Mauritius is the wealthiest country per capita in the region, followed by South Africa and Namibia.
The average per person’s wealth in Mauritius stands at US$34 500, followed by South Africa at US$10 970 and Namibia at US$9 320.
This was stated in the recently released 2022 Africa Wealth Report.
Per capita wealth is a measure of the amount of money earned per person in a nation or geographic region.
The report provides a comprehensive review of the wealth sector in Africa, including trends among high-net-worth individuals (HNWI), the luxury market and the wealth management sector on the continent. It states the tide is swinging in the direction of smaller emerging economies: “The delta in new wealth creation has been strongest in countries such as Mauritius and Rwanda. Key drivers of this trend are the recognition by these economies that they can attract substantial capital if they have the right regulatory framework. This regulatory regime includes preferential terms for capital gains tax and inheritance tax, as well as an environment that allows for ease of doing business”.
Furthermore, the total wealth held in Africa has fallen by 7% over the past decade (2011 to 2021).
Performance was constrained by poor returns in the three largest African markets, namely South Africa, Egypt and Nigeria.
Angola also performed poorly.
It stated that Mauritius was the fastest growing market in Africa during the review period (in percentage growth terms), followed by Rwanda.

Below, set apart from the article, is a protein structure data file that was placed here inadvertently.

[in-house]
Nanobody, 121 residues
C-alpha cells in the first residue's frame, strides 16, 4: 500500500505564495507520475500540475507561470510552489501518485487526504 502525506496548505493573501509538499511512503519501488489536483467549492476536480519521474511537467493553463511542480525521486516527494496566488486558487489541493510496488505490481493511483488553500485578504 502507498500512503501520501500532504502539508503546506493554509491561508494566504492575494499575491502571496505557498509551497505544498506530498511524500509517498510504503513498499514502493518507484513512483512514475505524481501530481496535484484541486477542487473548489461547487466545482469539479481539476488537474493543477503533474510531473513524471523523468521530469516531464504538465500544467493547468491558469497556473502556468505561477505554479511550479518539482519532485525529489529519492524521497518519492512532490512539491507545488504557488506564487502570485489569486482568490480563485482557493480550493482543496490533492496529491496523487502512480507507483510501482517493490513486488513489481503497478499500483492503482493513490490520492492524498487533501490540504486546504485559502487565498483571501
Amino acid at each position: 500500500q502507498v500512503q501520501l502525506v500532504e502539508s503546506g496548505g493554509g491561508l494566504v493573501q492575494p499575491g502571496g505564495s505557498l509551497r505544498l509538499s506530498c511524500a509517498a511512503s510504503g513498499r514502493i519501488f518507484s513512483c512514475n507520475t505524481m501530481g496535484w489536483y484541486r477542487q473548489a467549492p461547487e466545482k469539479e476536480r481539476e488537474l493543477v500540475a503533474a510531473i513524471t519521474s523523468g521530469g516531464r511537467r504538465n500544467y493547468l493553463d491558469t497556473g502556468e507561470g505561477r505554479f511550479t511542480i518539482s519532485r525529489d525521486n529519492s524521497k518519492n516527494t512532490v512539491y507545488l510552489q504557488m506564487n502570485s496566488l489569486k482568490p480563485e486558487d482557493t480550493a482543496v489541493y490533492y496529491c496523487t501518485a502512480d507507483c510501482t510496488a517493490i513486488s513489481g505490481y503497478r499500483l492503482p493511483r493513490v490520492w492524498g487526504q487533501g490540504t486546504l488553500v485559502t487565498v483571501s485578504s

Ethiopia came in third place.
Also, wealth in Ethiopia grew rapidly until 2019 but has struggled over the past two years (2020 and 2021).
Meanwhile, although some gains have been made in fighting income inequality in Namibia, the 11-member Business Rescue Task Force (BRTF) recently stated a lot of work remains to be done in this regard.
The task force stated the impact of the pandemic has been particularly damaging to the previously disadvantaged population, and the poverty rate hit an all-time low in 2019 due to recurring drought, falling commodity prices and curtailed government spending.
As a result, income inequality continues on an upward trend in Namibia.
As is the case with many countries in Africa, the BRTF said Namibia’s income inequality is rooted in the economic structure in which a few high-income sectors generate significant wealth, but only for a small number of people.
These statements came as the task force presented the final report to President Hage Geingob this month, with recommendations and amendments to legislation to save businesses from financial distress.
Commenting on the ranking, local economist Omu Kakujaha-Matundu said government should indeed be concerned about the high levels of inequality, poverty and unemployment.
“Government should address apartheid colonial legacy, and the inequality and poverty perpetuated by the adoption of a neo-liberal capitalist system by the independent Namibia,” said Kakujaha-Matundu.